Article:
Employer responsibility for rape
The Michigan Supreme Court controlling majority once again came down firmly on the side of corporate American and the insurance industry, when it held that a woman who was raped by a plant foreman on the nightshift could not sue their employer. The radical Republican majority held that the woman, Lisa Brown (who worked as a night-shift security guard at Samuel-Whittar Steel, Inc.), had no recourse against the employer, even though the rape was not an isolated event and Lisa had repeatedly voiced complaints to the Plant Manager about verbal threats made to her by the perpetrator.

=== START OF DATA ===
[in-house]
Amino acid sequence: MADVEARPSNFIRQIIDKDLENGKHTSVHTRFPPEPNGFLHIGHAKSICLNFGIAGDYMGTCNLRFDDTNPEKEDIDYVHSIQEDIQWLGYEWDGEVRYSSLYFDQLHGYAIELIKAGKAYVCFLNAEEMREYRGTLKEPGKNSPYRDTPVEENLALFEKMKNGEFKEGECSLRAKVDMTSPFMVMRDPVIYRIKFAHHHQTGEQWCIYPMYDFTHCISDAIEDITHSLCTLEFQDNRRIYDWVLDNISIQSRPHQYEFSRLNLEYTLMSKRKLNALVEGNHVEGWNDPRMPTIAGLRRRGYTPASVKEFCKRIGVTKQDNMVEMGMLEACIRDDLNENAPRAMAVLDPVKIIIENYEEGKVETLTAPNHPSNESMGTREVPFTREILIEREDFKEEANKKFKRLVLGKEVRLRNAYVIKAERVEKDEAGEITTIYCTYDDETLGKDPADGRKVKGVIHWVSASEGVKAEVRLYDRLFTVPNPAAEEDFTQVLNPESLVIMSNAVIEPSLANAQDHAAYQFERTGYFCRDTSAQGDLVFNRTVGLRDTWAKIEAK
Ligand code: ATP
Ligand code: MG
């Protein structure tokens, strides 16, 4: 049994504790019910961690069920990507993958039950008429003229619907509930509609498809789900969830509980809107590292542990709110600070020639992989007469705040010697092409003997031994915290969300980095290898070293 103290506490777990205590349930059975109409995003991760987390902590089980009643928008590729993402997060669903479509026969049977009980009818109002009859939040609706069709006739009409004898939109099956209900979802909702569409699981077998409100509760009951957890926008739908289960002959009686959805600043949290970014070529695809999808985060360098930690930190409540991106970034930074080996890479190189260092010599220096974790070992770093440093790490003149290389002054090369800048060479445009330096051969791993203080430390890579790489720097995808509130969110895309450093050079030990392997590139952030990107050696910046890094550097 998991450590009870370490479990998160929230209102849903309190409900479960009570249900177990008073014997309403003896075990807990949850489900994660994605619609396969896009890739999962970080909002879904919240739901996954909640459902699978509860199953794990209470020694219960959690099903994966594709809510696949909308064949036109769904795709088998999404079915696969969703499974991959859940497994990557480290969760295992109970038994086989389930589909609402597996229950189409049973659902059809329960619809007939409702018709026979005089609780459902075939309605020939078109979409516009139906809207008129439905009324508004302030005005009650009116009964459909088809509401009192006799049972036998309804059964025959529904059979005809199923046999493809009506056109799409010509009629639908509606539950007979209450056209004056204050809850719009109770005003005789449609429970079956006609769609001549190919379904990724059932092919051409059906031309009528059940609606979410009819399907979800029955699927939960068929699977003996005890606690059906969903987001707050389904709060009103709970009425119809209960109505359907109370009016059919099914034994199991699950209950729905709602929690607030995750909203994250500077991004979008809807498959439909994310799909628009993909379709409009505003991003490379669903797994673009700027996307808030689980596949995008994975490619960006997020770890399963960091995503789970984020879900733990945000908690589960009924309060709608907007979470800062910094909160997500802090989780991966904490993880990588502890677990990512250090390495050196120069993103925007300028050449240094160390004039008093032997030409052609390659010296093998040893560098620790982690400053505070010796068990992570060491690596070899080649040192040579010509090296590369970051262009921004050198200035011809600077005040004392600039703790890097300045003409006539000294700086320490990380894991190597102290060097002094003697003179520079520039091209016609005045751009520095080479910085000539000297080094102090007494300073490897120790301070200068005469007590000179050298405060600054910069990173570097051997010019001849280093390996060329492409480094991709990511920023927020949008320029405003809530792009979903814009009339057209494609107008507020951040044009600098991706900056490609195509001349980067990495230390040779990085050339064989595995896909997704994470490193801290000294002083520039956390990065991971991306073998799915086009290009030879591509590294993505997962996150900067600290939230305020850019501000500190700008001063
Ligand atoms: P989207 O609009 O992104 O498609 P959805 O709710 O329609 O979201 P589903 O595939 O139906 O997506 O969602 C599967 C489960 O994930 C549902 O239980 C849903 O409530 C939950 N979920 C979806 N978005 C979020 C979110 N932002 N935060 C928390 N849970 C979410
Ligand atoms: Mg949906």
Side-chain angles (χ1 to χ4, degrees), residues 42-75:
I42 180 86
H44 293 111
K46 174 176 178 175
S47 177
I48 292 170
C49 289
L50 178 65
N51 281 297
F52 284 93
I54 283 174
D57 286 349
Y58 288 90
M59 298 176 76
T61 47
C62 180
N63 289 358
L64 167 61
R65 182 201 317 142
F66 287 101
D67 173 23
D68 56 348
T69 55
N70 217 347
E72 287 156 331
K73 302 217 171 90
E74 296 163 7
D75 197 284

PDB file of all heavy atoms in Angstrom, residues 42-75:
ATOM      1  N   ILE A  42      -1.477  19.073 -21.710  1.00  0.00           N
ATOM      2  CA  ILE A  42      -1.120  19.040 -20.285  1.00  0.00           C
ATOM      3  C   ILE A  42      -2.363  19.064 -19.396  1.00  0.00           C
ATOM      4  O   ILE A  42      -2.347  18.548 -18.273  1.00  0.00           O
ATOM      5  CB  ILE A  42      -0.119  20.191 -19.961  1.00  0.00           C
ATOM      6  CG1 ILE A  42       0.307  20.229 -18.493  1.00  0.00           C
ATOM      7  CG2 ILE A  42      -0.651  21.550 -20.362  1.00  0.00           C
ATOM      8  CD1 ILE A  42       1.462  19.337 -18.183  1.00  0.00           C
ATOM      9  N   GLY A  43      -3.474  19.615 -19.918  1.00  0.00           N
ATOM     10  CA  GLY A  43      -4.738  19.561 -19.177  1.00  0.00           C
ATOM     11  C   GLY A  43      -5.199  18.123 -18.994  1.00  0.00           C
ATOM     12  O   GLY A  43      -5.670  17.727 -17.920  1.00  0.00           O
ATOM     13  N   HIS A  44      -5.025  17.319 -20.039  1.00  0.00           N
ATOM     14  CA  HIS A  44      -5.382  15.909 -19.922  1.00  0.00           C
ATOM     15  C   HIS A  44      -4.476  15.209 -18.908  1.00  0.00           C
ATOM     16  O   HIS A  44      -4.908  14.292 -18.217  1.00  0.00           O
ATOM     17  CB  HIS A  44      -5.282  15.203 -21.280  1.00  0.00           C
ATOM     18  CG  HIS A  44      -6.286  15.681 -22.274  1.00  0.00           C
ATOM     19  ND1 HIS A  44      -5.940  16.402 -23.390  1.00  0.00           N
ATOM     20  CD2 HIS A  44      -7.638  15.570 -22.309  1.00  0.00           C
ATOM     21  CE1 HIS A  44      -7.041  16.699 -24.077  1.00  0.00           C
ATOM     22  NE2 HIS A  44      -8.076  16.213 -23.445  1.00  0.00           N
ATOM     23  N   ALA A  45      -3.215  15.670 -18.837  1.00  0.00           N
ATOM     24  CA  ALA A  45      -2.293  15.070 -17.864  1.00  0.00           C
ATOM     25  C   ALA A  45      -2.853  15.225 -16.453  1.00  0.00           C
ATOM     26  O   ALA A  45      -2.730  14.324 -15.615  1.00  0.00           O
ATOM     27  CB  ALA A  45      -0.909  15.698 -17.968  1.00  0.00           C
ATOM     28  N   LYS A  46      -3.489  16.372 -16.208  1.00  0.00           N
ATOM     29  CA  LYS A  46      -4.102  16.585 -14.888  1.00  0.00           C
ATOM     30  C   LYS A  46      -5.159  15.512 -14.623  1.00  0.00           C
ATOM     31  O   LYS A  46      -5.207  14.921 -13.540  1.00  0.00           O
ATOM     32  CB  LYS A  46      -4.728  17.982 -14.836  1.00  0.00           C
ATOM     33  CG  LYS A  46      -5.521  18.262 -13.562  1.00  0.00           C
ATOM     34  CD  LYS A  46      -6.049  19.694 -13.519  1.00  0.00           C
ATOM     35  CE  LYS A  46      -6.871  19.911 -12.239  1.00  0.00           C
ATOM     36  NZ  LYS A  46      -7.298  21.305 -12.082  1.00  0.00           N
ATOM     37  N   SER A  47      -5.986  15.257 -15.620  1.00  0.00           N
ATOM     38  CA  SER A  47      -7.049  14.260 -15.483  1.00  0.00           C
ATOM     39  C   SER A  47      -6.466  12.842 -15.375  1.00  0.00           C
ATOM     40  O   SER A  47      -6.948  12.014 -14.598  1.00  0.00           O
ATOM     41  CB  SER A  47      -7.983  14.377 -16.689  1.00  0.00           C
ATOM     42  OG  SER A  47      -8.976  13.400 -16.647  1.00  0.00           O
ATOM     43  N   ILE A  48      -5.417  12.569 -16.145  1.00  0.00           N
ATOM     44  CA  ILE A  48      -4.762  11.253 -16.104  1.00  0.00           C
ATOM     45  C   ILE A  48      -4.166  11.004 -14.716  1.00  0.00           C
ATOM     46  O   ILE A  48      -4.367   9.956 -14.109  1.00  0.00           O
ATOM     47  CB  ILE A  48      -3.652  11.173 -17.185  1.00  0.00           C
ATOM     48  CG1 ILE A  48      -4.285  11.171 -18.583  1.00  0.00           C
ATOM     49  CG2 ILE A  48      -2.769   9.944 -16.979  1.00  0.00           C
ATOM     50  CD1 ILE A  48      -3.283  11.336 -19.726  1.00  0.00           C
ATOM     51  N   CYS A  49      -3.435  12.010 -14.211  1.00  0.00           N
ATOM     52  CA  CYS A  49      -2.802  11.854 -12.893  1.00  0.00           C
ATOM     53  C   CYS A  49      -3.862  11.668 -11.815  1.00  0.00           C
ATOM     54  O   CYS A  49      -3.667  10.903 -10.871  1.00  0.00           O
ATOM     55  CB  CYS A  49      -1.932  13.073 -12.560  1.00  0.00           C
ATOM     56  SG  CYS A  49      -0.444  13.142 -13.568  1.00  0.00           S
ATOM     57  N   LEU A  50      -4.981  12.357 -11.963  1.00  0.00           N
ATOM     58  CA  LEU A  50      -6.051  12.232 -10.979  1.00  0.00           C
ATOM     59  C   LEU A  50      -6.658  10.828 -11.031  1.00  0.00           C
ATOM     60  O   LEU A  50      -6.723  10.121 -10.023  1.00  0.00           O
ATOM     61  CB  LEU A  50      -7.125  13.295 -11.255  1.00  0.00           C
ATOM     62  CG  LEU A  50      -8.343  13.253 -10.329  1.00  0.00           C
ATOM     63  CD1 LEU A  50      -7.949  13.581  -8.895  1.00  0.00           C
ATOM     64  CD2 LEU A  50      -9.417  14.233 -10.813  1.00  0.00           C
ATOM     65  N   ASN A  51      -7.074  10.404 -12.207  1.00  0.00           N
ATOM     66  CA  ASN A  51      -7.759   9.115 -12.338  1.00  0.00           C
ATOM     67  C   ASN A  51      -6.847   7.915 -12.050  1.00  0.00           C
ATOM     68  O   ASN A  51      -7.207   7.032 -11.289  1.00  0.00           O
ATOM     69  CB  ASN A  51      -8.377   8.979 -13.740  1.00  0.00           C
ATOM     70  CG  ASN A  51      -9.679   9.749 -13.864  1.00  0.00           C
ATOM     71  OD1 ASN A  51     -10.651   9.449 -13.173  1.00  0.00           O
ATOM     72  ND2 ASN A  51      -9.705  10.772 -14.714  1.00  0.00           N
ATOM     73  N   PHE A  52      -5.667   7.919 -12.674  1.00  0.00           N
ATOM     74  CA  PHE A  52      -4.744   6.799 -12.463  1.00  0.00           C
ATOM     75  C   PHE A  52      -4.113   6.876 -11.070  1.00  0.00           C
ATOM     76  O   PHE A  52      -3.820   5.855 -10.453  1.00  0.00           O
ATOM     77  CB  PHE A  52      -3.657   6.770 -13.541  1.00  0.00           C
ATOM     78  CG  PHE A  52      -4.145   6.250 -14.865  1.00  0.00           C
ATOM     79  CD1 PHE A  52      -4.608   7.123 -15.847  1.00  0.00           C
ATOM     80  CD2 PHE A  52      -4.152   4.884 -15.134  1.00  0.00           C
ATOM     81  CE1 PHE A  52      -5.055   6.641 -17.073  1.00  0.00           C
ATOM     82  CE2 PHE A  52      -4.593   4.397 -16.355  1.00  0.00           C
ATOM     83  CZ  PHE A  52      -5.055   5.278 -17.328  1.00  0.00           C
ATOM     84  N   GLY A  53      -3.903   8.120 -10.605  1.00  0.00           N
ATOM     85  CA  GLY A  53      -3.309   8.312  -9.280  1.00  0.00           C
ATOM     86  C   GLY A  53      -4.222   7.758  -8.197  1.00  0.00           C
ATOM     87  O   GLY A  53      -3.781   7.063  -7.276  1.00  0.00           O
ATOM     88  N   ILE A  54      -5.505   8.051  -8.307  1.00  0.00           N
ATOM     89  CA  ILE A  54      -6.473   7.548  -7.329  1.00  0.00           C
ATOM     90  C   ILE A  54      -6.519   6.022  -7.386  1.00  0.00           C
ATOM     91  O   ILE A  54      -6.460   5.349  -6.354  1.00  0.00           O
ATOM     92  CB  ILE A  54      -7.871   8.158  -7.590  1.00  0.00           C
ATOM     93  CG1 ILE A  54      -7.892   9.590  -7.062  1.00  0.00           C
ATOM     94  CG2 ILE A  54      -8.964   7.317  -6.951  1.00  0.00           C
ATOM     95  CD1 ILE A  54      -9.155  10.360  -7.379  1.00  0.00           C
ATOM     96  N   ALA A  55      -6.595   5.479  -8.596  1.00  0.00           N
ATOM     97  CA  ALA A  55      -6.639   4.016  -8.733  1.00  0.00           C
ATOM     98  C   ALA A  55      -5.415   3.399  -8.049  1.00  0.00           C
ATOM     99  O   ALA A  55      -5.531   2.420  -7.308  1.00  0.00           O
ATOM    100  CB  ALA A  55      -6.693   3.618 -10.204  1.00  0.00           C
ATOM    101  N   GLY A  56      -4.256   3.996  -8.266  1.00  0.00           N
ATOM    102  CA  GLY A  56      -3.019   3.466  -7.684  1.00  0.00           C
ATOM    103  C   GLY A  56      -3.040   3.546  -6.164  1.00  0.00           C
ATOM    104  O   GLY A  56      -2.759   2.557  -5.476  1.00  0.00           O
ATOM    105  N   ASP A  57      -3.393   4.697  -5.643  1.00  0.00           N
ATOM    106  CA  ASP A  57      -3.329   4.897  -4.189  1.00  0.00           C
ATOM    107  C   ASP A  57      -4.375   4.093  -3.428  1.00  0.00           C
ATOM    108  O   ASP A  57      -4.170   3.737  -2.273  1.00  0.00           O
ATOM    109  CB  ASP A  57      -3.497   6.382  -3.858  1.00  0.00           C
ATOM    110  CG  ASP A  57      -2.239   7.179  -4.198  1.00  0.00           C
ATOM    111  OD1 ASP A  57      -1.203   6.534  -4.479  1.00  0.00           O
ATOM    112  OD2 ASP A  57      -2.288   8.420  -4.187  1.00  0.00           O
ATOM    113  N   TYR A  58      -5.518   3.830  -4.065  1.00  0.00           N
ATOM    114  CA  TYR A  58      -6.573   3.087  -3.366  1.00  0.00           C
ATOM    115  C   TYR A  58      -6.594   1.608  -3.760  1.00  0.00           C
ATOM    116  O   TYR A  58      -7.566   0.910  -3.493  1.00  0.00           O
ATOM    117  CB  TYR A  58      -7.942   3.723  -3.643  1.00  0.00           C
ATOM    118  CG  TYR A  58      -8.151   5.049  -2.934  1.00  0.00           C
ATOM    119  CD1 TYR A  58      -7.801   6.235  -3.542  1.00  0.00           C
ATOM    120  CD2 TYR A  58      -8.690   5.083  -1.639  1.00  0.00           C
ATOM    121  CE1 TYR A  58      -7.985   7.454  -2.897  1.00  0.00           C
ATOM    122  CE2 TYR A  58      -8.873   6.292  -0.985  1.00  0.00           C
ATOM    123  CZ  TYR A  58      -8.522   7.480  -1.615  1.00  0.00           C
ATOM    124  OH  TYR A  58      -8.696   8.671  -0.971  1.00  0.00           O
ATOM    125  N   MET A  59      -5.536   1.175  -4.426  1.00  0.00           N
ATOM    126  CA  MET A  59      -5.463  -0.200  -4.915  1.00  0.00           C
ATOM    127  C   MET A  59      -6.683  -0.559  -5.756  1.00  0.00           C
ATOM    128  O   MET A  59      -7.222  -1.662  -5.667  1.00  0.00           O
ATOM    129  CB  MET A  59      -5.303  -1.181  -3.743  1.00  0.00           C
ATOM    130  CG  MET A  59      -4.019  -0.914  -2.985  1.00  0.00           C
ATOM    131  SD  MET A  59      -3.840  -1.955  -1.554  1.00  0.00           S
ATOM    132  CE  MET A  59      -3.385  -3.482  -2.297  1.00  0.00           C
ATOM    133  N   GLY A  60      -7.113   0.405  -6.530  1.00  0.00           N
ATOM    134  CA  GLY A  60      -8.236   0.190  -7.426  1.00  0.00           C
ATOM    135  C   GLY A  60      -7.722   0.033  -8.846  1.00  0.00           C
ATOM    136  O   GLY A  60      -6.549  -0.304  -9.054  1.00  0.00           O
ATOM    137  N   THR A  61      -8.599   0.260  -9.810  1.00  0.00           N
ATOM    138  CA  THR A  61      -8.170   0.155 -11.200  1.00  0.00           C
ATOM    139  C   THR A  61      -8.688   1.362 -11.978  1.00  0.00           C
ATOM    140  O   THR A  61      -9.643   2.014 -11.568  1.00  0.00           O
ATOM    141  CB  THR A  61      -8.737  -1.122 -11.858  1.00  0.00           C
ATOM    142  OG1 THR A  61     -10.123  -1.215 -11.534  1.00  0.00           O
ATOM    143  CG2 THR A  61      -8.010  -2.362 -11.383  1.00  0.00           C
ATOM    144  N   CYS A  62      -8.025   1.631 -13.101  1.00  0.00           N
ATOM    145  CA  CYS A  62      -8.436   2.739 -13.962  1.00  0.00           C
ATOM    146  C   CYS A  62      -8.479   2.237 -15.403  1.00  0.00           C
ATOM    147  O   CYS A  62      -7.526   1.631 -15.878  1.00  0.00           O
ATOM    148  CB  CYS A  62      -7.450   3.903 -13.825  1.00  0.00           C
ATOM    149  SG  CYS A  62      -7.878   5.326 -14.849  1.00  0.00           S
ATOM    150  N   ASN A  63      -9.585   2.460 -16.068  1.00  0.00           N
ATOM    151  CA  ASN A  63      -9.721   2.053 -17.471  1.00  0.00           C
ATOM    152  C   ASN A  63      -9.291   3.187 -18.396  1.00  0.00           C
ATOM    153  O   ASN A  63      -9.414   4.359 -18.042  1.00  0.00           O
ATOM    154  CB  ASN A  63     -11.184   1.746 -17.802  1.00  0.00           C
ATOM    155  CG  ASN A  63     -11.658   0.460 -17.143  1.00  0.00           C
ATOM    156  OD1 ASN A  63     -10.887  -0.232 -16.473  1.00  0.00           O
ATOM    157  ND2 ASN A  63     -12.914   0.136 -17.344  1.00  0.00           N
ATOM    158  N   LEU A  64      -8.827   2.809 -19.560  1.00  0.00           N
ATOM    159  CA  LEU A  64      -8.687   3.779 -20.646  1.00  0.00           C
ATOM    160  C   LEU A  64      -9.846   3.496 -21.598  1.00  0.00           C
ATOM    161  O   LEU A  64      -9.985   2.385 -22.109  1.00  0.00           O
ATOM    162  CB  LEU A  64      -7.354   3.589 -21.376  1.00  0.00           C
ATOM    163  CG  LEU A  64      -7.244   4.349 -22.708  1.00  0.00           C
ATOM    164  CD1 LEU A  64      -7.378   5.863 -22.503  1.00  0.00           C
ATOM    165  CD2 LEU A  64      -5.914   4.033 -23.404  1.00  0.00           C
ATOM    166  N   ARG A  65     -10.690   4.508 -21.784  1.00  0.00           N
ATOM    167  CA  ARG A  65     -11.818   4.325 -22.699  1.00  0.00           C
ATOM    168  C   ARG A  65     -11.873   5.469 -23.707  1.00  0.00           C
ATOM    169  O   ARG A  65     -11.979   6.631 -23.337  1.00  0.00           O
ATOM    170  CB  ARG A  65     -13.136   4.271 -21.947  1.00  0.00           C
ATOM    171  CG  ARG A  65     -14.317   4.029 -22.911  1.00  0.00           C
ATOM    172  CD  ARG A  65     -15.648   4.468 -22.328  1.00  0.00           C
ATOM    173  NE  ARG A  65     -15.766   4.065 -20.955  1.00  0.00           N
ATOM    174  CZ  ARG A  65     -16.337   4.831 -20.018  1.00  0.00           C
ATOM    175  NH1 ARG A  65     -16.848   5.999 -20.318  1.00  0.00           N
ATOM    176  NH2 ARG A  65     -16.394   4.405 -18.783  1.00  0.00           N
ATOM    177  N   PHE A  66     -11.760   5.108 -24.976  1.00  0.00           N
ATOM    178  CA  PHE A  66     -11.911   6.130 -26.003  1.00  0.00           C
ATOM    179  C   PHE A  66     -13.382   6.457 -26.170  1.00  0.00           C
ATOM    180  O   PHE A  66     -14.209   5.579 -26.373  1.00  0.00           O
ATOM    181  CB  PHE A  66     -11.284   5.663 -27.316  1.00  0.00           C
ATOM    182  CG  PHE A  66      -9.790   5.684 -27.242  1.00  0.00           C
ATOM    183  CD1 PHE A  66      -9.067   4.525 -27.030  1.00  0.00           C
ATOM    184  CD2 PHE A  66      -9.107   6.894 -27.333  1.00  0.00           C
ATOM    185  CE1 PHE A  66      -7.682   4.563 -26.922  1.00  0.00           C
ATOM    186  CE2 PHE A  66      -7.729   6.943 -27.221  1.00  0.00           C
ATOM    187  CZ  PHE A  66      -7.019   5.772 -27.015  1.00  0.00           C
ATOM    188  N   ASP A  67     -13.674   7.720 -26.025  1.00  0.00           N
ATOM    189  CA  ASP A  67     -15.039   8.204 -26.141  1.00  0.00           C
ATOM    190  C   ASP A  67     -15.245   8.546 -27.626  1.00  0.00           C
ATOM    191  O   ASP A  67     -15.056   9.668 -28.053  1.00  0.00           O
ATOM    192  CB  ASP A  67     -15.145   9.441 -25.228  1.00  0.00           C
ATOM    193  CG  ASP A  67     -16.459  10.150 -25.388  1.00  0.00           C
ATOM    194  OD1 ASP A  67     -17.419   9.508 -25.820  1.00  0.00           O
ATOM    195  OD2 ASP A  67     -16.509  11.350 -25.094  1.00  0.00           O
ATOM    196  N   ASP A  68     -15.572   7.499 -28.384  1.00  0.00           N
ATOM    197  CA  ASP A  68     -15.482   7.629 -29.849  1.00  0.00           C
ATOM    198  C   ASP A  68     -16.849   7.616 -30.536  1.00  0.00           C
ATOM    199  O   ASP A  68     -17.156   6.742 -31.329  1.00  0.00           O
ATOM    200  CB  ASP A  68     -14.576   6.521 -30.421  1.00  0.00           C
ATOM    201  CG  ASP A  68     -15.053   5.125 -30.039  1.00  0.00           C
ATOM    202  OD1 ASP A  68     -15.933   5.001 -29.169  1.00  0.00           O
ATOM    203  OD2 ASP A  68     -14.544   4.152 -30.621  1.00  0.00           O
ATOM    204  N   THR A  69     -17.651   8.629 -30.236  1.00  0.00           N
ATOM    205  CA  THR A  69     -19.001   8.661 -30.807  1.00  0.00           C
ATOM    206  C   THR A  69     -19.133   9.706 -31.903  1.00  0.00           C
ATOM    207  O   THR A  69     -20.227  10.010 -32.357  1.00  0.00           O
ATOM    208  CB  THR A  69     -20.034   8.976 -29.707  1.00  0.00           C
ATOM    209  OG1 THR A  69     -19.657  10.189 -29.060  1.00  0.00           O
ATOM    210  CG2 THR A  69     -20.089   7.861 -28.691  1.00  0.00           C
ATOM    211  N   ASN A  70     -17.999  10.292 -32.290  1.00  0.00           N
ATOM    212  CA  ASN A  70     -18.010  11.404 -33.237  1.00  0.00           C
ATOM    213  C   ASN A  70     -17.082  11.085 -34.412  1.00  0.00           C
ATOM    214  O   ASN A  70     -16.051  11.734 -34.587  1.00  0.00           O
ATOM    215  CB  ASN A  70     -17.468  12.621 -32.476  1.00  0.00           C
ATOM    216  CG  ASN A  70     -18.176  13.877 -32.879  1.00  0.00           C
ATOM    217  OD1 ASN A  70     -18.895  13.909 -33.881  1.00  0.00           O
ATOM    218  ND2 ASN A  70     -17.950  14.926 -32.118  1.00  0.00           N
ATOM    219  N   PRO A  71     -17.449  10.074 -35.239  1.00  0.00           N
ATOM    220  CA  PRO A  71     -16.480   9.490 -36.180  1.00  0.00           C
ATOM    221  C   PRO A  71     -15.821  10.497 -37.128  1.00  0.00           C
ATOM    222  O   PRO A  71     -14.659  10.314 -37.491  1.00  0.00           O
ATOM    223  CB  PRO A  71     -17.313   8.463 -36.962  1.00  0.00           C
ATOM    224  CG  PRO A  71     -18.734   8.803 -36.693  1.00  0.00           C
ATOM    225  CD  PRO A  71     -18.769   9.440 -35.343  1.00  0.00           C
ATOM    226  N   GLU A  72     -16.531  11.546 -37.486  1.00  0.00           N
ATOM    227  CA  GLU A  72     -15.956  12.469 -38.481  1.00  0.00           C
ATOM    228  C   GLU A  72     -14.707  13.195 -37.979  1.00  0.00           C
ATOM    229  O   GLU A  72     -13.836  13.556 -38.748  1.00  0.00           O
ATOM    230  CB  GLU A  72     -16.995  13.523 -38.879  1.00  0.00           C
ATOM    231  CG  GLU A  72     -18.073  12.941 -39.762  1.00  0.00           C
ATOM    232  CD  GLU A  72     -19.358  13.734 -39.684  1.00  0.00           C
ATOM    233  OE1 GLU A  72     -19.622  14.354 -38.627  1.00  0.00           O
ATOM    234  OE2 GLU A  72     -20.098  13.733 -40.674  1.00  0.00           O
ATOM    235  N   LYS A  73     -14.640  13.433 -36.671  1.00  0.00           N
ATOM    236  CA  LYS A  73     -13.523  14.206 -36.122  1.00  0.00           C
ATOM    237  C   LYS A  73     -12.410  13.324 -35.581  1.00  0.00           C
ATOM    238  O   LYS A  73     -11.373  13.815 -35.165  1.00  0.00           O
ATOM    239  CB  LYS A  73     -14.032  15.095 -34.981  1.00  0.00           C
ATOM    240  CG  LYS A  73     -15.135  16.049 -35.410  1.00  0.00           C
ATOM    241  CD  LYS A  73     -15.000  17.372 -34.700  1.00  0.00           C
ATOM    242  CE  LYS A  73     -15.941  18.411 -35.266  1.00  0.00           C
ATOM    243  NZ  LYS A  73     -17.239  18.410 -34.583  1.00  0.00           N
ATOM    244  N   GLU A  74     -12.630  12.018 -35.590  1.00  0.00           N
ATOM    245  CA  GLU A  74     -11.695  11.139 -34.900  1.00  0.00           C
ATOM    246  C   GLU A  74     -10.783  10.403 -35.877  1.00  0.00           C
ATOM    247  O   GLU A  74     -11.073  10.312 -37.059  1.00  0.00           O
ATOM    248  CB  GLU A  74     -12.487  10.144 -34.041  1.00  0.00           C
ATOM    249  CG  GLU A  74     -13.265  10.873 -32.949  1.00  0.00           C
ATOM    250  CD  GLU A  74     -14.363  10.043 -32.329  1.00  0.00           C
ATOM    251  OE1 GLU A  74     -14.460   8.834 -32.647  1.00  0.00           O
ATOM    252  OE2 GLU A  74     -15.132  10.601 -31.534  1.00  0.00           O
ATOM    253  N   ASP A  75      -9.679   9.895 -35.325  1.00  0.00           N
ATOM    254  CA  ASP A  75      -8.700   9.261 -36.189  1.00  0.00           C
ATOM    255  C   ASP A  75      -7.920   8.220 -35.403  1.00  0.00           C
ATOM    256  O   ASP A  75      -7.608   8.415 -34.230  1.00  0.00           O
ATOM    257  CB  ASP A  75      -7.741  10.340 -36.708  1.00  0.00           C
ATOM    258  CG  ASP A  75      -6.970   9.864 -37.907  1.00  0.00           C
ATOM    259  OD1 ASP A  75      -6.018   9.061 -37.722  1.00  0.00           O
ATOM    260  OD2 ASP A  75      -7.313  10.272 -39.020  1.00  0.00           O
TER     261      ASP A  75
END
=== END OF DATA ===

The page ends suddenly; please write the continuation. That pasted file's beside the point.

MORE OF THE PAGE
The unabashed majority rationalized its holding with the dubious claim that it is not enough that the employer had warning of the rapist's "vicious tendencies"; they held that the employer is not responsible unless the employee's lewd comments "convey an umistakeable, particularized threat of rape." If you think that your daughter or sister is a little less safe today, because of the callous majority's refusal to hold employers resposible for inappropriate and potentially-violent behavior, you are right: employers can refuse to address escalating complaints of this nature with impunity. If you are embarrassed by the callousness of our Justices, join the rest of us who shudder at their superficial result-oriented activism.